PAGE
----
Related:

employee coaching at 360Learning
Here's a real-life example of coaching at work at 360Learning. We offer a program to help women develop into leadership positions, called Women@360 Development Coaching. One-to-one coaching sessions delve into topics like managing remote teams, developing listening skills, and successfully managing internal mobility.

Coaching helps your organization’s bottom line by increasing employee engagement, which boosts productivity while decreasing work-related stress and burnout potential.

The role of an employee coach

Coaches help employees set goals and find ways to accomplish them by providing support, learning opportunities, and accountability. They guide employees through the ups and downs of work and navigate them to greater success by helping them figure out their strengths and weaknesses.

One of the most important parts of a coach's job is to help employees understand themselves better. Coaches listen to people's stories about themselves and their careers, then ask questions that bring out their values, strengths, past accomplishments, and vision for their future. They use all this information to help people create a powerful plan for moving toward their goals.

A good coach:

  • Listens for specific details about how someone wants to grow and creates appropriate goals and action plans around those aspirations
  • Asks open-ended questions to get to the root of what an employee is trying to achieve and encourages them to come up with their own solutions
  • Provides thoughtful and actionable feedback on how well the person is doing when it comes to achieving their objectives
  • Keeps an employee on track by giving them direction and motivating them when they feel discouraged or blocked
  • Holds the person accountable for reaching their goals while offering support and guidance along the way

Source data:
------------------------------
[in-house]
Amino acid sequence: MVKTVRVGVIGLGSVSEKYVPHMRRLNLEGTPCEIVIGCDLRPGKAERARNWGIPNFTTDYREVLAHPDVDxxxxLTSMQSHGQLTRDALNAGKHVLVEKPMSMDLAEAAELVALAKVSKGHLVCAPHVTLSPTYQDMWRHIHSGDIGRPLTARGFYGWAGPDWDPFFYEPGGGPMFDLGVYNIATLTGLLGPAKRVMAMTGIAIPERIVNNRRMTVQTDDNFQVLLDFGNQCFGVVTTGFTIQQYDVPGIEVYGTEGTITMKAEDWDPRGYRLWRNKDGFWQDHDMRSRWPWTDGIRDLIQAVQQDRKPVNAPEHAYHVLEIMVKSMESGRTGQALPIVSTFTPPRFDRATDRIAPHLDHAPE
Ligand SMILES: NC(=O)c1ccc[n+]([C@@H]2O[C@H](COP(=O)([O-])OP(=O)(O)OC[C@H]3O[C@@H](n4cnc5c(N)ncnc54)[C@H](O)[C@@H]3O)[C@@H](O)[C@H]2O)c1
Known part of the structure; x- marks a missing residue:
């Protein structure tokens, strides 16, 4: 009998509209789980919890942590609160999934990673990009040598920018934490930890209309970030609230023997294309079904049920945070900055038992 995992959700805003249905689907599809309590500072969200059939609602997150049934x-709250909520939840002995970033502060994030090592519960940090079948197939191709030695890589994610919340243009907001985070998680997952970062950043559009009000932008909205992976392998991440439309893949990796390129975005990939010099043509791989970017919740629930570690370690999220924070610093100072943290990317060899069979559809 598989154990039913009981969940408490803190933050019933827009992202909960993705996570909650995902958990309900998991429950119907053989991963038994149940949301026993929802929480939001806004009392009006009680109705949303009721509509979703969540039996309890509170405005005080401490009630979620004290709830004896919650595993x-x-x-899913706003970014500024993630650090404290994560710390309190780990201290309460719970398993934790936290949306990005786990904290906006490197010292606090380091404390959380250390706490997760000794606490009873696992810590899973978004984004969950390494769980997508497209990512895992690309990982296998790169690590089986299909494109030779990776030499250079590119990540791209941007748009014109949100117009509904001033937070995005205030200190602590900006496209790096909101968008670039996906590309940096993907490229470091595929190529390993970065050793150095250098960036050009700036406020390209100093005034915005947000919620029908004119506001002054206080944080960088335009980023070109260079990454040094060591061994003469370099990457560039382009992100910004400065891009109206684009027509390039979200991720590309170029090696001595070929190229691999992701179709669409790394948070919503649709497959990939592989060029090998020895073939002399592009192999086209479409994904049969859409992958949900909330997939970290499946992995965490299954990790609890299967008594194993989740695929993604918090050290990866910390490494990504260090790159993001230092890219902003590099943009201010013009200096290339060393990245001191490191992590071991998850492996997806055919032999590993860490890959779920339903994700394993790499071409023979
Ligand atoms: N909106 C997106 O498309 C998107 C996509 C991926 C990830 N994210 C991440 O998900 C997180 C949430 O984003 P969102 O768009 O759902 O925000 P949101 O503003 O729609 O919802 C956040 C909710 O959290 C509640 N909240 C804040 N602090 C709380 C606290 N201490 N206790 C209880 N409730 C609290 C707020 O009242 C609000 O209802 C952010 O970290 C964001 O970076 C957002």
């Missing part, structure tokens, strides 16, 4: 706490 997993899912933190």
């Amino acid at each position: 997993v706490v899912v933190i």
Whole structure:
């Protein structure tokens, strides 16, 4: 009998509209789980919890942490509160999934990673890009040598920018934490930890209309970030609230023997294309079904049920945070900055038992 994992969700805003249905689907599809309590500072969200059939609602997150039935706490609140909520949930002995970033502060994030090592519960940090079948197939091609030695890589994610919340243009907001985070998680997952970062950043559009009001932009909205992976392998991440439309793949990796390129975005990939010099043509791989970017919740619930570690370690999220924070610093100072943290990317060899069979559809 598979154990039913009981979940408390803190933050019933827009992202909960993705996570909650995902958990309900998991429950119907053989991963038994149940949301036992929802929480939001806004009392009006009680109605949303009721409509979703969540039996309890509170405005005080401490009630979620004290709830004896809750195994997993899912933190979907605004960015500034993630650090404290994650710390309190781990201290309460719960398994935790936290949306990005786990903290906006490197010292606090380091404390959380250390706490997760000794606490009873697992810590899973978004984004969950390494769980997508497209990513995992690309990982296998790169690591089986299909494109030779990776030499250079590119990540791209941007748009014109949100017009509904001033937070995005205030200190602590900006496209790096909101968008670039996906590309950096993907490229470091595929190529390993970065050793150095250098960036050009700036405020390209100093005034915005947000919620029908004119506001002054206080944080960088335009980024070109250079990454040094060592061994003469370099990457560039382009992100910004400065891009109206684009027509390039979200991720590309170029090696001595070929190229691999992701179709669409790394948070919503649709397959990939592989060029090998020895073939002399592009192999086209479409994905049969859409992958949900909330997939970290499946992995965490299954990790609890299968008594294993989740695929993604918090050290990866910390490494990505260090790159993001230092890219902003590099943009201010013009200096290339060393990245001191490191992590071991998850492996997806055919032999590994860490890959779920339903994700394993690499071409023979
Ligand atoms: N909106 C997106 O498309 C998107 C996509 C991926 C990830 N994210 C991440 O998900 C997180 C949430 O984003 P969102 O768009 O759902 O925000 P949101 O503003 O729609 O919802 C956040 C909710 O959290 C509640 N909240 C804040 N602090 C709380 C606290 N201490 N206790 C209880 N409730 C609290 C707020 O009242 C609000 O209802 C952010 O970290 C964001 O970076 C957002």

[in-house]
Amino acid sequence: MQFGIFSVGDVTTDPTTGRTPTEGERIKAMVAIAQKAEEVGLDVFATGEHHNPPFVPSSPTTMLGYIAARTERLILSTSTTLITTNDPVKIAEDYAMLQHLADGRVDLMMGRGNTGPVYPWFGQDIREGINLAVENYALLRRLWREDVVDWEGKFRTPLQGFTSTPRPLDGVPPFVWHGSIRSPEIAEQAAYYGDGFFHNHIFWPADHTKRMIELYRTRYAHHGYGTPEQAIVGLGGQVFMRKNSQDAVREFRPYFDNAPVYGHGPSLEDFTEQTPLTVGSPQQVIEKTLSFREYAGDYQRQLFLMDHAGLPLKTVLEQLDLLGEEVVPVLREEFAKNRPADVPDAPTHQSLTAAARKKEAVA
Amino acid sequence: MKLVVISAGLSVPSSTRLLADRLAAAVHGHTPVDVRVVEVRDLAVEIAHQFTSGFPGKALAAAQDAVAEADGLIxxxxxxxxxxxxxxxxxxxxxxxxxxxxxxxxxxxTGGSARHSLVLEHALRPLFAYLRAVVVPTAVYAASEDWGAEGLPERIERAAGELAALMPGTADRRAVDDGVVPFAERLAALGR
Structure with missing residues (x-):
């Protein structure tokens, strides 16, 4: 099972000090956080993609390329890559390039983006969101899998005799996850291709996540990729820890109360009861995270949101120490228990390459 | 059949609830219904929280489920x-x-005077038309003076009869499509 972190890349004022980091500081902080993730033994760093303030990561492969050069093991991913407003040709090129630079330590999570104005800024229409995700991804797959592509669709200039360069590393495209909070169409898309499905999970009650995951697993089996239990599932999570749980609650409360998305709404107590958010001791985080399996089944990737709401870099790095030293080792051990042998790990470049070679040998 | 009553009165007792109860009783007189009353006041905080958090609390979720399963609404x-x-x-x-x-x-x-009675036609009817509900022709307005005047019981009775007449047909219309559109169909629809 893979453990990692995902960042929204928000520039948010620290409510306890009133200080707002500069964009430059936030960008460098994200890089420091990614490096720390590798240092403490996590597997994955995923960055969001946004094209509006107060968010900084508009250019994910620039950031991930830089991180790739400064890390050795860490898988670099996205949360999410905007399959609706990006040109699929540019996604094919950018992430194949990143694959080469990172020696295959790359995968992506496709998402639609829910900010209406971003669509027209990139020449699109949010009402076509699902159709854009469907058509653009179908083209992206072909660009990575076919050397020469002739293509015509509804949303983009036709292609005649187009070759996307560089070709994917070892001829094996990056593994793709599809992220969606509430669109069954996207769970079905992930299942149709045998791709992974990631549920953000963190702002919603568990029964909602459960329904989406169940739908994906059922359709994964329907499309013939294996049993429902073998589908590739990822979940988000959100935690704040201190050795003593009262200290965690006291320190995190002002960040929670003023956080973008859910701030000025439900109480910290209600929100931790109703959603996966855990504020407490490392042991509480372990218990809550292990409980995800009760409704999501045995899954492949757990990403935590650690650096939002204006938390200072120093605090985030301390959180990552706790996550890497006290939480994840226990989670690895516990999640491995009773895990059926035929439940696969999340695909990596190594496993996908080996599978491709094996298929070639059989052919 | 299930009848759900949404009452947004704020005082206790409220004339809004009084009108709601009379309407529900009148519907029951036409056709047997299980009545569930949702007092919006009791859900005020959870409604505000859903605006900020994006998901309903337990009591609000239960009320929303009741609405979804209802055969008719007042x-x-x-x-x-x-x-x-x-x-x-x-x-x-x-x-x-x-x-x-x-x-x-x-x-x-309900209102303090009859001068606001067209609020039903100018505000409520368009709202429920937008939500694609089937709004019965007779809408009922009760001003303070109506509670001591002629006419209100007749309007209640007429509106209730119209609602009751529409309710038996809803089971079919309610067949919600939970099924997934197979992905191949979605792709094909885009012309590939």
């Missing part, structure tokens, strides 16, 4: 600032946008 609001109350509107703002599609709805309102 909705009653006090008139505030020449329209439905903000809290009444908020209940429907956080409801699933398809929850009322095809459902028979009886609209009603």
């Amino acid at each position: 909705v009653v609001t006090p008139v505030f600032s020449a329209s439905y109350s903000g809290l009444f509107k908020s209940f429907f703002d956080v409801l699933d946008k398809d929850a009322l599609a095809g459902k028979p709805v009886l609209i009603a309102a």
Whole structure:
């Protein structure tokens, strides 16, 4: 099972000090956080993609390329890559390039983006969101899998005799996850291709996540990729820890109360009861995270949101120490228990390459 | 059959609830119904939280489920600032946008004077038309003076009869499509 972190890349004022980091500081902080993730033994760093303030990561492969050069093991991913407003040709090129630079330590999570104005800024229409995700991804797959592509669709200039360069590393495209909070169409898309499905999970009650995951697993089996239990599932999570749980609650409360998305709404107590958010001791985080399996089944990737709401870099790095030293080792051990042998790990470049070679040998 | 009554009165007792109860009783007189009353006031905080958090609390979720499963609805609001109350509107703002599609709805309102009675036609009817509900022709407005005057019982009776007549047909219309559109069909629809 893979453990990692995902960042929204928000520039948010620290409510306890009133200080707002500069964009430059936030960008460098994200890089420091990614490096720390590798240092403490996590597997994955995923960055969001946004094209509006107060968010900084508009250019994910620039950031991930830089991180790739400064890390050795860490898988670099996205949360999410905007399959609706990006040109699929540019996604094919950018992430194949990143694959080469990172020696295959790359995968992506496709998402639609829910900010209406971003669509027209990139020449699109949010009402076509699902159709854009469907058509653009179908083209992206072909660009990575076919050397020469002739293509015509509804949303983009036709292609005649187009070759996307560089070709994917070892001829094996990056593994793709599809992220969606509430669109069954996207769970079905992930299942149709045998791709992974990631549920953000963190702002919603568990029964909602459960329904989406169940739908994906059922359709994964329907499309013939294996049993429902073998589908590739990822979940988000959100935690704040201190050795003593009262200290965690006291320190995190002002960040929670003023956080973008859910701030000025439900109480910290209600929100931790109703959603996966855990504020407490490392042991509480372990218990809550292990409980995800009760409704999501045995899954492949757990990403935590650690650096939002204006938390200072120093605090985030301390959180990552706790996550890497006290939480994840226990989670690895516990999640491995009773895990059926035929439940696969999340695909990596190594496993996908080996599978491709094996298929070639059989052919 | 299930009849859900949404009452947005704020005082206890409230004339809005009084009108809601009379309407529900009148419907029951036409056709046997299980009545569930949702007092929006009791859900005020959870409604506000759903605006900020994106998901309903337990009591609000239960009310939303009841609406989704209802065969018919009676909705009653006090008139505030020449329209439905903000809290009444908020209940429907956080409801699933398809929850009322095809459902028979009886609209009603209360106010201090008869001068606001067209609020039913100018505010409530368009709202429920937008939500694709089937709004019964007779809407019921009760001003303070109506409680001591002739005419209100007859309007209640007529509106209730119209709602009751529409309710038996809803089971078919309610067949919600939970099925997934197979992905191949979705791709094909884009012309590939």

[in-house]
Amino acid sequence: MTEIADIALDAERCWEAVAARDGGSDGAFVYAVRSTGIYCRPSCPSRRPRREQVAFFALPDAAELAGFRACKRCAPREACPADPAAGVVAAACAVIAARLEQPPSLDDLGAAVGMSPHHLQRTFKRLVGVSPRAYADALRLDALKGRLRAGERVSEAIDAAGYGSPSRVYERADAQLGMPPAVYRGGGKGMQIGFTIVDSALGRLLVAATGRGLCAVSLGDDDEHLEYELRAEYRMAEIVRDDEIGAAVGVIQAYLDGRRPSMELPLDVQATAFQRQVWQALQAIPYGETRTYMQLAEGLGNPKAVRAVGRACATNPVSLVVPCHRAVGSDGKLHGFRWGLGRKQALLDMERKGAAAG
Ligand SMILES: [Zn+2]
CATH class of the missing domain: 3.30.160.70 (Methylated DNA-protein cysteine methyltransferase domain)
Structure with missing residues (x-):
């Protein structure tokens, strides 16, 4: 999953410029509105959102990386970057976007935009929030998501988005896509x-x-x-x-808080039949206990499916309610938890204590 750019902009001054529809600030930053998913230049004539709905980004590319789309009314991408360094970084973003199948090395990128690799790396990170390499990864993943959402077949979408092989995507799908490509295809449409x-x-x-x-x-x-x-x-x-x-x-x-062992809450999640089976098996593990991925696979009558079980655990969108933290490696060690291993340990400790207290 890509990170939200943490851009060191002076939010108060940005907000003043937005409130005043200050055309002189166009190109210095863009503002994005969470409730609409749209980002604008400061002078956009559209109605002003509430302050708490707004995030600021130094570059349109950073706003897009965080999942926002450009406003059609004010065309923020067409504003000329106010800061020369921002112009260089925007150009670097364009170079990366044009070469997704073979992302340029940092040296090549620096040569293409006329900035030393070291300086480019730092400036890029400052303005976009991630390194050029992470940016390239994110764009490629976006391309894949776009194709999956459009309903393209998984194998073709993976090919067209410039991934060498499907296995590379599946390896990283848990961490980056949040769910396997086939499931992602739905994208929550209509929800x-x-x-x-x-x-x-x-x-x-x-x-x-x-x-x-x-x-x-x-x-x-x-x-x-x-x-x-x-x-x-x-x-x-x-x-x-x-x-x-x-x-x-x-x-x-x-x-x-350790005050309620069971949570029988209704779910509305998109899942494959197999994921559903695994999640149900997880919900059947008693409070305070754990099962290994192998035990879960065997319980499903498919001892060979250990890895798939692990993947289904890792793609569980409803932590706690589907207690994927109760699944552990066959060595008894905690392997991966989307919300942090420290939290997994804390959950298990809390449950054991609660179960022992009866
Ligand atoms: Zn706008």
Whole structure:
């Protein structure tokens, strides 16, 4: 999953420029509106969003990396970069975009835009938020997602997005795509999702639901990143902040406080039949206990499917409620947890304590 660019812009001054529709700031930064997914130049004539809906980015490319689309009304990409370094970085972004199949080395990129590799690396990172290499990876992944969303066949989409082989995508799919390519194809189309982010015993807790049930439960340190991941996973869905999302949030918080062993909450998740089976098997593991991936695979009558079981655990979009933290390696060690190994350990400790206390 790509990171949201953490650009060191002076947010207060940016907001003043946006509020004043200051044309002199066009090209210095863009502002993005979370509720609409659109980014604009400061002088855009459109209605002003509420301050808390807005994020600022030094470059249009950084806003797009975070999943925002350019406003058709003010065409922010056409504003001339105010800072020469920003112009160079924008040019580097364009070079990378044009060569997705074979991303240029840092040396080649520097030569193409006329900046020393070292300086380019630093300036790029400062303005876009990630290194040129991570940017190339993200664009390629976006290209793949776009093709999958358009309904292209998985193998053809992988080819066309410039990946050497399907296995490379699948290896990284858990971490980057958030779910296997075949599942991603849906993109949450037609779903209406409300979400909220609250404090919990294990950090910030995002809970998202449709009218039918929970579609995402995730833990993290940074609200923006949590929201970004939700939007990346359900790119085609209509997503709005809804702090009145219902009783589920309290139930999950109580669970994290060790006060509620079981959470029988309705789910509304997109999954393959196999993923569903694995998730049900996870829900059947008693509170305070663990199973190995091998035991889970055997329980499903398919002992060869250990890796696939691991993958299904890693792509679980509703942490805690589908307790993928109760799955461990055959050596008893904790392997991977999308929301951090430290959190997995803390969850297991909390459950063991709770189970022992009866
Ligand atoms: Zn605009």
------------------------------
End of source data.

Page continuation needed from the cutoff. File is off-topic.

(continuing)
Coaching comes in many forms—it can be relaxed and informal, or it can be more structured. It can even be a combination of the two—casual enough to allow the coach and employee to build a connection and still structured enough to keep both people on task and moving forward.

Differentiating between employee coaching types is useful when deciding which approach will best help your employees learn the skills they need to succeed.

One-on-One Coaching is a coaching relationship where someone more knowledgeable or skilled works with an employee to provide constructive feedback and direction. This method allows a coach to spend time observing a person's work and habits to determine how they can adapt and grow.

Team coaching helps a group of people work toward the same goal while improving performance. A coach observes a team in its normal work environment and provides feedback and suggestions for improvement to the entire group, individually, or both. This method of coaching can reduce conflicts because there’s a facilitator to make sure everyone is heard and aligned on the same goal.

Peer-to-peer coaching is an informal method where employees share their experiences with each other to boost each other's skills and knowledge. This works especially well in situations where one employee is trying to learn a new skill. Anyone can participate in peer coaching, and it can be as simple as connecting two people to observe each other, ask questions, and provide feedback.

Performance coaching gives team membersa deeper understanding of their job requirements, identifies competencies needed to meet those requirements, and uncovers ways to improve their performance. A big part of employee performance coaching is helping employees change behaviors that are preventing them from reaching their full potential and creating roadmaps for future professional development.